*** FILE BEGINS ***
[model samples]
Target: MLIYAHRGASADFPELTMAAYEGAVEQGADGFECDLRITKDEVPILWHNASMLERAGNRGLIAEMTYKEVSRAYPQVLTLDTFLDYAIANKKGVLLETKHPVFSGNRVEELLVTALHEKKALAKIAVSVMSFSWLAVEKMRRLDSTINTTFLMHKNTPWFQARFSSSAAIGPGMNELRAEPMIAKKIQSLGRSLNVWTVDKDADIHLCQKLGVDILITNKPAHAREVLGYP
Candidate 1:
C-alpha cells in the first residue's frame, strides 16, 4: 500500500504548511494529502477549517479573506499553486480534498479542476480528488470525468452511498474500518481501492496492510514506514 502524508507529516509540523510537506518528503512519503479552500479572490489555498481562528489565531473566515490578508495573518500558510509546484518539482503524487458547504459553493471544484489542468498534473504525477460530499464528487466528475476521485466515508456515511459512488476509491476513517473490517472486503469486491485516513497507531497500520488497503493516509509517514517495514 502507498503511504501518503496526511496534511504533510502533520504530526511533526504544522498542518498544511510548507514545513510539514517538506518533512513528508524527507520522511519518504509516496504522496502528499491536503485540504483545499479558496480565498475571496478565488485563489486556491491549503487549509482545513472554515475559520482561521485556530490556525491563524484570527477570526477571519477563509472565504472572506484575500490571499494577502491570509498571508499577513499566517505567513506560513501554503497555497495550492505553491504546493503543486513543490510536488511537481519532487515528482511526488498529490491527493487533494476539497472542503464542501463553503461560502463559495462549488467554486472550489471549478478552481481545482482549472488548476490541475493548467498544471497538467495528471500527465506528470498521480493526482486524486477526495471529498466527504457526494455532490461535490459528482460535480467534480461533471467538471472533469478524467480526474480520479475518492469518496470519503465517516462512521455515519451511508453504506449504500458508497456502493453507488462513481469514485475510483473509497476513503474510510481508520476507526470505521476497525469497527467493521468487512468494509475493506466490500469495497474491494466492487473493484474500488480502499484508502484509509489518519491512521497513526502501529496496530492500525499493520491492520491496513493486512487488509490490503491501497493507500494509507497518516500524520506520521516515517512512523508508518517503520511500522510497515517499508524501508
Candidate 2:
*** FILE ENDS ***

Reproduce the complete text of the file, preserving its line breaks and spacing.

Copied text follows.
[model samples]
Target: MLIYAHRGASADFPELTMAAYEGAVEQGADGFECDLRITKDEVPILWHNASMLERAGNRGLIAEMTYKEVSRAYPQVLTLDTFLDYAIANKKGVLLETKHPVFSGNRVEELLVTALHEKKALAKIAVSVMSFSWLAVEKMRRLDSTINTTFLMHKNTPWFQARFSSSAAIGPGMNELRAEPMIAKKIQSLGRSLNVWTVDKDADIHLCQKLGVDILITNKPAHAREVLGYP
Candidate 1:
C-alpha cells in the first residue's frame, strides 16, 4: 500500500504548511494529502477549517479573506499553486480534498479542476480528488470525468452511498474500518481501492496492510514506514 502524508507529516509540523510537506518528503512519503479552500479572490489555498481562528489565531473566515490578508495573518500558510509546484518539482503524487458547504459553493471544484489542468498534473504525477460530499464528487466528475476521485466515508456515511459512488476509491476513517473490517472486503469486491485516513497507531497500520488497503493516509509517514517495514 502507498503511504501518503496526511496534511504533510502533520504530526511533526504544522498542518498544511510548507514545513510539514517538506518533512513528508524527507520522511519518504509516496504522496502528499491536503485540504483545499479558496480565498475571496478565488485563489486556491491549503487549509482545513472554515475559520482561521485556530490556525491563524484570527477570526477571519477563509472565504472572506484575500490571499494577502491570509498571508499577513499566517505567513506560513501554503497555497495550492505553491504546493503543486513543490510536488511537481519532487515528482511526488498529490491527493487533494476539497472542503464542501463553503461560502463559495462549488467554486472550489471549478478552481481545482482549472488548476490541475493548467498544471497538467495528471500527465506528470498521480493526482486524486477526495471529498466527504457526494455532490461535490459528482460535480467534480461533471467538471472533469478524467480526474480520479475518492469518496470519503465517516462512521455515519451511508453504506449504500458508497456502493453507488462513481469514485475510483473509497476513503474510510481508520476507526470505521476497525469497527467493521468487512468494509475493506466490500469495497474491494466492487473493484474500488480502499484508502484509509489518519491512521497513526502501529496496530492500525499493520491492520491496513493486512487488509490490503491501497493507500494509507497518516500524520506520521516515517512512523508508518517503520511500522510497515517499508524501508
Candidate 2: